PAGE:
Taxsutra Note:

Section 72(c) of the Black Money (Undisclosed Foreign Income and Assets) and Imposition of Tax Act, 2015 (Black Money Act) provides that where any asset has been acquired or made prior to commencement of this Act, and no declaration in respect of such asset is made under this Chapter, such asset shall be deemed to have been acquired or made in the year in which a notice under section 10 is issued by the Assessing Officer and the provisions of this Act shall apply accordingly.

Sec 10(3) of the Black Money Act provides that the Assessing Officer, after considering such accounts, documents or evidence, as he has obtained under sub-section (1), and after taking into account any relevant material which he has gathered under sub-section (2) and any other evidence produced by the assessee, shall by an order in writing, assess the undisclosed foreign income and asset and determine the sum payable by the assessee.

Sec 10(4) of the Black Money Act provides that if any person fails to comply with all the terms of the notice under sub-section (1), the Assessing Officer shall, after taking into account all the relevant material which he has gathered and after giving the assessee an opportunity of being heard, make the assessment of undisclosed foreign income and asset to the best of his judgment and determine the sum payable by the assessee.

Sec 84 of the Black Money Act provides that the provisions of clauses (c) and (d) of sub-section (1) of section 90, clauses (c) and (d) of sub-section (1) of section 90A, sections 119, 133, 134, 135, 138, Chapter XV and sections 237, 240, 245, 280, 280A, 280B, 280D, 281, 281B and 284 of the Income-tax Act shall apply with necessary modifications as if the said provisions refer to undisclosed foreign income and asset instead of to income-tax.

Sec 17 of the Black Money Act provides that Commissioner (Appeals) will inter alia have powers to impose penalty.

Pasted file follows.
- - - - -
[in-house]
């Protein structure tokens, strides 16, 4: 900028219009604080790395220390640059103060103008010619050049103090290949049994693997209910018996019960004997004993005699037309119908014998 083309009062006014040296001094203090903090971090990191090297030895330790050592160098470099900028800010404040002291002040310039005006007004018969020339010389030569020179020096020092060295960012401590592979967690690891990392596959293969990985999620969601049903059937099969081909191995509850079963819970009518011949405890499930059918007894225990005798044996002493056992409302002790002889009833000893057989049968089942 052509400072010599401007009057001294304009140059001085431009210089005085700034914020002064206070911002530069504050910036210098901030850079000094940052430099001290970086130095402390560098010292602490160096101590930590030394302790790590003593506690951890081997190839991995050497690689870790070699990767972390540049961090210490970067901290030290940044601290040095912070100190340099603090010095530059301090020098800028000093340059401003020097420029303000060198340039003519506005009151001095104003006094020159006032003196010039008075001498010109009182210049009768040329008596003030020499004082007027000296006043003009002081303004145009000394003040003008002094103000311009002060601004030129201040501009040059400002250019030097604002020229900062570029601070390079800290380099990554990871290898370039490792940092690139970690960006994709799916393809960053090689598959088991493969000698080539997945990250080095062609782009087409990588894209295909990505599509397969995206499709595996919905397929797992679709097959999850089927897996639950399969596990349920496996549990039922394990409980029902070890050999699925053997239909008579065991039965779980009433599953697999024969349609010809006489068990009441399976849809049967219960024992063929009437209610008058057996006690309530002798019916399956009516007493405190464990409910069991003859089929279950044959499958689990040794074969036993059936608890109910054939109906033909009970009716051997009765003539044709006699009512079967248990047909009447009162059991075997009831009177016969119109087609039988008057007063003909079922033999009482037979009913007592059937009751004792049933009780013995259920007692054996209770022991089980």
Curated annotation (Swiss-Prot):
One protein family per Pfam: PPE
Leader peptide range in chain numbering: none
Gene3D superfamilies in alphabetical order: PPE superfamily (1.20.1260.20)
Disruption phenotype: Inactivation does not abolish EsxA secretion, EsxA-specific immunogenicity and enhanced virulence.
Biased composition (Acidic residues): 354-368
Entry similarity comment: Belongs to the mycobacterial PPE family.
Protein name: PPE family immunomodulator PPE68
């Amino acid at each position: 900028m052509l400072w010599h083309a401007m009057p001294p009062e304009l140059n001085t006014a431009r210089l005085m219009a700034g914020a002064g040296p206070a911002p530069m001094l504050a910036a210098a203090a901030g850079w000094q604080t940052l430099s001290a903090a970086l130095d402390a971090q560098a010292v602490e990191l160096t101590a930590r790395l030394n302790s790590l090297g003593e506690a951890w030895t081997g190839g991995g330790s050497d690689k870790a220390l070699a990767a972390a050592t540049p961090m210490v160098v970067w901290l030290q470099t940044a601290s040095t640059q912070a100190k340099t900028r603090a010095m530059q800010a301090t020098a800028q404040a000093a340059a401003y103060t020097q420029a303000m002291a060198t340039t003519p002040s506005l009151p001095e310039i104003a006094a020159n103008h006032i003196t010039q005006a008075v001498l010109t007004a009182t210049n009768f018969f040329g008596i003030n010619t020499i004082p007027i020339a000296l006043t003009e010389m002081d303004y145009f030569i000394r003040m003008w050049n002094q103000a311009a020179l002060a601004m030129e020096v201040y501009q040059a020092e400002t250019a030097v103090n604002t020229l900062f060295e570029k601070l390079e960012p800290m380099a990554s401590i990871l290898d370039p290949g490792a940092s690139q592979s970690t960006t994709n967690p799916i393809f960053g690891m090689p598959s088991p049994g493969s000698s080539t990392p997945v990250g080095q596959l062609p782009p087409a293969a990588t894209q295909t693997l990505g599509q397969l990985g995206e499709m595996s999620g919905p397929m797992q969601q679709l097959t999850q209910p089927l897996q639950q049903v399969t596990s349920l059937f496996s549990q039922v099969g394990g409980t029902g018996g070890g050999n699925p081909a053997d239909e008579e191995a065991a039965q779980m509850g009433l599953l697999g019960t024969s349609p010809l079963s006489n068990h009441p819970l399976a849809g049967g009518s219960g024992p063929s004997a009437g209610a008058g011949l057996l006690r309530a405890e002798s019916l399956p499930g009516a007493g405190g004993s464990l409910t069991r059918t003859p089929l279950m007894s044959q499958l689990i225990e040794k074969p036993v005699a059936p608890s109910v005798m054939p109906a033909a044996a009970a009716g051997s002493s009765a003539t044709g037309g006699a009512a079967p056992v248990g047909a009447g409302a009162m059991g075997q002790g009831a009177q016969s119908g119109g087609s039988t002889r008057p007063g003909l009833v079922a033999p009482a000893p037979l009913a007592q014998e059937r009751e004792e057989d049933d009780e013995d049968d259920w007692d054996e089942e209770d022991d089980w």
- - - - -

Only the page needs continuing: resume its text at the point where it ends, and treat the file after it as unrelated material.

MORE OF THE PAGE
Details of 10+ key direct tax proposals in Budget fine print

Details of 10+ key direct tax proposals in Budget fine print.

Click here to read key direct tax proposals in Budget fine print.

Copy of Memorandum to Finance Bill, 2019

Click here to download copy of Memorandum to Finance Bill.

FM proposes angel tax relief, dispute resolution scheme for legacy indirect tax litigations

FM extends 25% tax rate to companies with turnover upto Rs. 400 Cr, enhances surcharge on individual taxpayers;  On Angel tax issue, proposes no scrutiny of start-up share premium on submission of requisite declaration; Introduces faceless e-assessment; Proposes a legacy dispute resolution scheme to allow quick closure of Pre-GST litigations; Proposes 2% TDS on cash withdrawals exceeding Rs. 1 cr in a year from a bank account

Click here to read Key proposals from FM's speech. 

Economic Survey focuses on "optimal tax policy", 'behavioural' change, red-flags amnesties

Economic Survey document for 2018-19 focuses heavily on taxation, highlights the need for an "optimal tax policy" and a tax system that can foster innovation, raise revenues efficiently and fairly while encouraging bonafide taxpayers and punishing malafide ones; Survey document makes a strong case for enhancing tax compliance through deployment of "behavioural insights" so as to modify the social norm from "evading taxes is acceptable" to "paying taxes honestly is honourable..."; Survey, citing research  across countries, drives home the point that tax evasion in large parts is driven by "tax morale" which in turn is driven by two factors : i) Vertical fairness ii) Horizontal fairness; Eco. Survey moots idea of creating exclusive membership of "clubs" that exude not only social status but also honour, by for example, naming roads, trains, hospitals, airports etc. after the highest taxpayers over a decade; Survey borrows from UK experience, suggests repeated sending of fairness driven and normative messages added to standard reminder letters that referred to the facts that (a) most people in your local community pay their taxes on time and (b) the person concerned was in the very small minority who had not yet done so; Cautions against "persistent public shaming" of individuals who don't pay taxes, also weighs in negatively on tax amnesty schemes, stating that such amnesties could decrease the govt.'s credibility as well as the taxpayers' intrinsic motivation to comply; Survey highlights prominently India's legal system, burdened by 3.5 crore pending cases as "the single biggest constraint" to doing business in India and therefore top priority ought to be given to legal sector reforms.